Methods of Discovery (Abbott)
The book is perhaps best described as a sort of philosophy of social science and it succeeds wonderful in this respect.
The books opens with a chapter (Ch. 1) on explanation that explores in philosphical depth what social scientists feel qualifies as explanation. Chapter 2 goes into depth on a series of what he feels are great conflicts or disagreements within the the area of social science:
- Positivism and Interpretivism
- Analysis and Narration
- Behaviorism and Culturism
- Individualism and Emergentism
- Realism and Constructionism
- Contextualism and Noncontextualism
- Choice and Constraint
- Conflict and Consensus
- Transcendent and Situated Knowledge
He uses these divisions to give a wonderful tour of the social science landscape but also to show the way that different disciplines that take one side or another in this debate are able to challenge each other by reforming questions or approaches to their answers.
With this foundation laid, the rest of the book is about heuristics that can help social scientists answer the questions "What is a good thing to research?" and "How do I know of my research idea is any good?" After introducing the concept of heuristic and its role in social science (Ch. 3), he introduces heuristics useful for searching and couching arguments (Ch. 4) and approaching issues through different forms of description or narration (Ch. 5). His main argument is built around what he calls "fractal heuristics" which he explores in the sixth chapter using the conflicts laid out in chapter 2. He argues that the concepts or conflicts in the social sciences are repeated inside each discipline (e.g., that within the strict constructionists, there are arguments in favor of realism) and that this type of fractal problematizing istself a useful set of heuristics.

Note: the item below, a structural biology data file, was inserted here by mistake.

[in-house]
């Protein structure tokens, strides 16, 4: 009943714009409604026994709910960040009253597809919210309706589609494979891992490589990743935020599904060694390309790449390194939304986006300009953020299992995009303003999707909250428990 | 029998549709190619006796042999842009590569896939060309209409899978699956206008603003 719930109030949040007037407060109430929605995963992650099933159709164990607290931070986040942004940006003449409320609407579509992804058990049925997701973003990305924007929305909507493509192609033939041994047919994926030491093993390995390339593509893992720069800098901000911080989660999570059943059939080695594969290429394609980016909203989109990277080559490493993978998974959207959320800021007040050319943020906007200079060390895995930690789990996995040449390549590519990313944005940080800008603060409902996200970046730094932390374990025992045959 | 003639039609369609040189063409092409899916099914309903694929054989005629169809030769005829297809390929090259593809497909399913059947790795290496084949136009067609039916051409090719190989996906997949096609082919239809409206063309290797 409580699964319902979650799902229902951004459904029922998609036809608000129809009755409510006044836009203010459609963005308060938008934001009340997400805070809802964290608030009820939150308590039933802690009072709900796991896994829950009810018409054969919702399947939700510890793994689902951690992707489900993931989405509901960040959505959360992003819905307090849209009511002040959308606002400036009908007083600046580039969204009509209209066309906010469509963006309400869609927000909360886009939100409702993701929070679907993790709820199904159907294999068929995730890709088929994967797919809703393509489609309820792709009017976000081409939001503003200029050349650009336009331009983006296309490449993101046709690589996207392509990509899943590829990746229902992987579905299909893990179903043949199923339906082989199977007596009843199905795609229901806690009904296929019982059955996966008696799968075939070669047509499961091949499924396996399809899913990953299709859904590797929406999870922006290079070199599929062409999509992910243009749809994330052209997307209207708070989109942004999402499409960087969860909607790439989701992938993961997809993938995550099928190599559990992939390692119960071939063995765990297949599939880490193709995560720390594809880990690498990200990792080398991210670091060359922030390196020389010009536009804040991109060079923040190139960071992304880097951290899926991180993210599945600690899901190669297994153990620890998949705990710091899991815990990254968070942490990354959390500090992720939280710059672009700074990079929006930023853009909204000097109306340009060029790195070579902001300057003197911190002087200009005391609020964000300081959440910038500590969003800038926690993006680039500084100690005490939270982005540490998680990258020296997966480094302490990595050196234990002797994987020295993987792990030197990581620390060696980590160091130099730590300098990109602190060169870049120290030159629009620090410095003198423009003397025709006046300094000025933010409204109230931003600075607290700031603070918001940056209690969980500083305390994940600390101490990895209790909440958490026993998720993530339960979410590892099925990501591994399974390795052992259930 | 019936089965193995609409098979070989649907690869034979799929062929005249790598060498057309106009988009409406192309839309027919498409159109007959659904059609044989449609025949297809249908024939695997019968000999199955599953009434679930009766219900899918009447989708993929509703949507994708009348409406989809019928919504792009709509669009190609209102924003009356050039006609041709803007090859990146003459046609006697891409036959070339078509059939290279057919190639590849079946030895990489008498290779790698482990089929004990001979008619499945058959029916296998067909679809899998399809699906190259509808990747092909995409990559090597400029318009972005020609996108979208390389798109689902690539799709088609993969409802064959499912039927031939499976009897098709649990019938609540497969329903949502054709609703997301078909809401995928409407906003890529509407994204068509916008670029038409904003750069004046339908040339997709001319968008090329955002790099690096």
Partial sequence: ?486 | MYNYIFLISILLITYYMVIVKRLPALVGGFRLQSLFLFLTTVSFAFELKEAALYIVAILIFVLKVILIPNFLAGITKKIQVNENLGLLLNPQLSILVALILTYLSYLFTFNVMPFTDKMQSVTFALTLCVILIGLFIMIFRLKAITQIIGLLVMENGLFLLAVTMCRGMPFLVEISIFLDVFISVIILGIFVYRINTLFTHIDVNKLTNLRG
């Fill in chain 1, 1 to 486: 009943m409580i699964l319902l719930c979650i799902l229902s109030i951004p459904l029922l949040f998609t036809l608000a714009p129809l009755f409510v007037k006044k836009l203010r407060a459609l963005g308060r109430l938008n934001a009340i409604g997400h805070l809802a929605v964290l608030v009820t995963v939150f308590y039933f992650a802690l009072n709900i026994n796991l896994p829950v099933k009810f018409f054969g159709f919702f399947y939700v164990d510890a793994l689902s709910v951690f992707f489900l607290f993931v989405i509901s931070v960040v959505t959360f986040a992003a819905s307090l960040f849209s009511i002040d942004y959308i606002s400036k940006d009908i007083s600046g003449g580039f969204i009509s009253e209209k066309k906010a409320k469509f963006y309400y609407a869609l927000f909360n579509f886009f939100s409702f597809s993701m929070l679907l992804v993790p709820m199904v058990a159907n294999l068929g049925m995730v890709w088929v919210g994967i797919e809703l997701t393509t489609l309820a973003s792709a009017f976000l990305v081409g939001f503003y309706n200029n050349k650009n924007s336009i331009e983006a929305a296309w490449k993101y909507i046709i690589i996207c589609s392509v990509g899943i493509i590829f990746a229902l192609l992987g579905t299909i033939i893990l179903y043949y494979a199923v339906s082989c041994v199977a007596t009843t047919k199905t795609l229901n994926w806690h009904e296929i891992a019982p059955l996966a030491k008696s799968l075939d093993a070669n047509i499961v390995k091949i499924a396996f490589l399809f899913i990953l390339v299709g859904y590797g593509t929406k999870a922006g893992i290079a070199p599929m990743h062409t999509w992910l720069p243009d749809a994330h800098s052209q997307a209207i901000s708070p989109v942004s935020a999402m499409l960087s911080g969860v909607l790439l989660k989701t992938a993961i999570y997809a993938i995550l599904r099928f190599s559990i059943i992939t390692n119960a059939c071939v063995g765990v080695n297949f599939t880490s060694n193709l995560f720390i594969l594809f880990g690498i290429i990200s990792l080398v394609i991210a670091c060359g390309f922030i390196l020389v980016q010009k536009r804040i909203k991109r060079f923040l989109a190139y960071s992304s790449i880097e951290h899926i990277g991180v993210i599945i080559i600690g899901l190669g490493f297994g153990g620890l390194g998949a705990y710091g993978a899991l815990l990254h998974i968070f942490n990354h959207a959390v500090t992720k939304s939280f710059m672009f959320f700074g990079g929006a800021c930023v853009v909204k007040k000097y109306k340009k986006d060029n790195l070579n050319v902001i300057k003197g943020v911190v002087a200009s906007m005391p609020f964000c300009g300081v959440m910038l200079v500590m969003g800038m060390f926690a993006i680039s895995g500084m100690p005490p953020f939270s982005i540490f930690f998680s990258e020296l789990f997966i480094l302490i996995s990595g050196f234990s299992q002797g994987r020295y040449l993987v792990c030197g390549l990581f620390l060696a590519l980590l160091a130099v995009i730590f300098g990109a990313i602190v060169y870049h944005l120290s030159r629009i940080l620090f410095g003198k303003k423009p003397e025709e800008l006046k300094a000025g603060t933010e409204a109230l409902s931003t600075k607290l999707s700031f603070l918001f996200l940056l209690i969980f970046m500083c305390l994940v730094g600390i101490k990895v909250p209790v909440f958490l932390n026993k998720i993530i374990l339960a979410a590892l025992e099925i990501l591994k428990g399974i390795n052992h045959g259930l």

The final chapter (Ch. 7) returns to questions of puzzles and idea generation and gives the most basic advice on how one -- especially a beginner -- should approach research.
Abbott claims to be writing a book on social science research for undergraduates but the appeal of the book is much broader extending, I suspect, to nearly everyone who does social science.
My general sense is that book is strongest in its first two chapters. It's summary of the state of social science is excellent and uncommon. While he feel is is simply rerequiste to explaining heuristics, the description itself requires quite a bit of excellent analysis and provides the books major contribution.
Abbott, Andrew. 2004. Methods of Discovery: Heuristics for the Social Sciences. 1st ed. W. W. Norton.